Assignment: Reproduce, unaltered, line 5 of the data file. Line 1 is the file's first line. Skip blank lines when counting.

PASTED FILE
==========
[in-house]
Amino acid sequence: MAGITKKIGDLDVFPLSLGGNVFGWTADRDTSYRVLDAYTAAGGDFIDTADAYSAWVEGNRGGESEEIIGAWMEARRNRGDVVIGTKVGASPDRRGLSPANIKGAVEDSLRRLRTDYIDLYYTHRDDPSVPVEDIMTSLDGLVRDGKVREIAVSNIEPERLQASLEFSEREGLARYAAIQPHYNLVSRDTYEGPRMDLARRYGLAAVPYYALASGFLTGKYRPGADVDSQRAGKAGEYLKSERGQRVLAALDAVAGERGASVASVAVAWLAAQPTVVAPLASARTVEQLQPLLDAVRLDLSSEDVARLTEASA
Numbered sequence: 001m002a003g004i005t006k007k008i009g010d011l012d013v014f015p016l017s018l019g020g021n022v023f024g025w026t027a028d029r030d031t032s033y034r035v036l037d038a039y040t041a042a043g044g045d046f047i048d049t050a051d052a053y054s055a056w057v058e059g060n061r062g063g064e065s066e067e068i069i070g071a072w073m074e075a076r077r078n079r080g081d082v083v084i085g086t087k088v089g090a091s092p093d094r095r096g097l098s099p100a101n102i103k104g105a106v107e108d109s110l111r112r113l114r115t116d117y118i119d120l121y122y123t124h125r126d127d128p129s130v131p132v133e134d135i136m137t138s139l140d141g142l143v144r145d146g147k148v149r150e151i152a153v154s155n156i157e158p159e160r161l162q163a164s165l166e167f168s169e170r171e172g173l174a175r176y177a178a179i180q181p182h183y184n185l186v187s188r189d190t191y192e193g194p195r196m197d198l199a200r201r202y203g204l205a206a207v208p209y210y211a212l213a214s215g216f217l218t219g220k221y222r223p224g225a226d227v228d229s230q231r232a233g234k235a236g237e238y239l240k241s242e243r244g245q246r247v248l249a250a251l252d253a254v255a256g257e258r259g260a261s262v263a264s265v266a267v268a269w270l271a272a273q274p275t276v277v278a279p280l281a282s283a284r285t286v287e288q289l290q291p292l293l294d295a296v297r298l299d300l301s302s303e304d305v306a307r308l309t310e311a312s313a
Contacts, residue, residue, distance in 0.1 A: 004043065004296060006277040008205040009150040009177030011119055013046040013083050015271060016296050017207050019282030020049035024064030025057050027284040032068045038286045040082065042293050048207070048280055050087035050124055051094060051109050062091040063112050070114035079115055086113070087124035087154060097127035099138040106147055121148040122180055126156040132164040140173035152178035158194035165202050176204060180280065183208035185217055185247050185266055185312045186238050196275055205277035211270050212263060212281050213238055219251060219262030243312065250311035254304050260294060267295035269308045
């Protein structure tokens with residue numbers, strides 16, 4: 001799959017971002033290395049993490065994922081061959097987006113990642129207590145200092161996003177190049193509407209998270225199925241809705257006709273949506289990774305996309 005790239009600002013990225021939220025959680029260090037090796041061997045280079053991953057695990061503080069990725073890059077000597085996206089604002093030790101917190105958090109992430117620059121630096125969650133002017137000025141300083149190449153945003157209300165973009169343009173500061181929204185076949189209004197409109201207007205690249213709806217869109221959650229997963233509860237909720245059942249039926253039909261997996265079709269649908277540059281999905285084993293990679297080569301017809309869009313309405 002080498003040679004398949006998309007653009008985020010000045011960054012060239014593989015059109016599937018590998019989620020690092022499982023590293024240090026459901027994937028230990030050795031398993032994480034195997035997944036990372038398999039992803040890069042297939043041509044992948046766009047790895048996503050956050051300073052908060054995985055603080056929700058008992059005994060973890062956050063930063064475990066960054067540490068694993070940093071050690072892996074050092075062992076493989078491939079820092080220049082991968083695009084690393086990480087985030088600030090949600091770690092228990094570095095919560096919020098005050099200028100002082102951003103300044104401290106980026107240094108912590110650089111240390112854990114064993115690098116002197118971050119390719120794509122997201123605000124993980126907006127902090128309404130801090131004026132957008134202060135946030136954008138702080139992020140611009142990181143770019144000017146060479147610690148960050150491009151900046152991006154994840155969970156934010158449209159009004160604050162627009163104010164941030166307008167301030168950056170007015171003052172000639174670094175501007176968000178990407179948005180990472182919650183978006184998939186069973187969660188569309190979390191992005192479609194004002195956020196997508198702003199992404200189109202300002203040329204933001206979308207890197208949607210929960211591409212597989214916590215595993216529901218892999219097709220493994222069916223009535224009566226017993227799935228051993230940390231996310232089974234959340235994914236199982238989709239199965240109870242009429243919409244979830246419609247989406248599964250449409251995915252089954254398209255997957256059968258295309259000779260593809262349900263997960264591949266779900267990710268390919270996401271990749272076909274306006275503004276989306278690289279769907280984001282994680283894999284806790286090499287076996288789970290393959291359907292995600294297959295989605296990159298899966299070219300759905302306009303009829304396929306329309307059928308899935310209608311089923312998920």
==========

């Protein structure tokens with residue numbers, strides 16, 4: 001799959017971002033290395049993490065994922081061959097987006113990642129207590145200092161996003177190049193509407209998270225199925241809705257006709273949506289990774305996309 005790239009600002013990225021939220025959680029260090037090796041061997045280079053991953057695990061503080069990725073890059077000597085996206089604002093030790101917190105958090109992430117620059121630096125969650133002017137000025141300083149190449153945003157209300165973009169343009173500061181929204185076949189209004197409109201207007205690249213709806217869109221959650229997963233509860237909720245059942249039926253039909261997996265079709269649908277540059281999905285084993293990679297080569301017809309869009313309405 002080498003040679004398949006998309007653009008985020010000045011960054012060239014593989015059109016599937018590998019989620020690092022499982023590293024240090026459901027994937028230990030050795031398993032994480034195997035997944036990372038398999039992803040890069042297939043041509044992948046766009047790895048996503050956050051300073052908060054995985055603080056929700058008992059005994060973890062956050063930063064475990066960054067540490068694993070940093071050690072892996074050092075062992076493989078491939079820092080220049082991968083695009084690393086990480087985030088600030090949600091770690092228990094570095095919560096919020098005050099200028100002082102951003103300044104401290106980026107240094108912590110650089111240390112854990114064993115690098116002197118971050119390719120794509122997201123605000124993980126907006127902090128309404130801090131004026132957008134202060135946030136954008138702080139992020140611009142990181143770019144000017146060479147610690148960050150491009151900046152991006154994840155969970156934010158449209159009004160604050162627009163104010164941030166307008167301030168950056170007015171003052172000639174670094175501007176968000178990407179948005180990472182919650183978006184998939186069973187969660188569309190979390191992005192479609194004002195956020196997508198702003199992404200189109202300002203040329204933001206979308207890197208949607210929960211591409212597989214916590215595993216529901218892999219097709220493994222069916223009535224009566226017993227799935228051993230940390231996310232089974234959340235994914236199982238989709239199965240109870242009429243919409244979830246419609247989406248599964250449409251995915252089954254398209255997957256059968258295309259000779260593809262349900263997960264591949266779900267990710268390919270996401271990749272076909274306006275503004276989306278690289279769907280984001282994680283894999284806790286090499287076996288789970290393959291359907292995600294297959295989605296990159298899966299070219300759905302306009303009829304396929306329309307059928308899935310209608311089923312998920």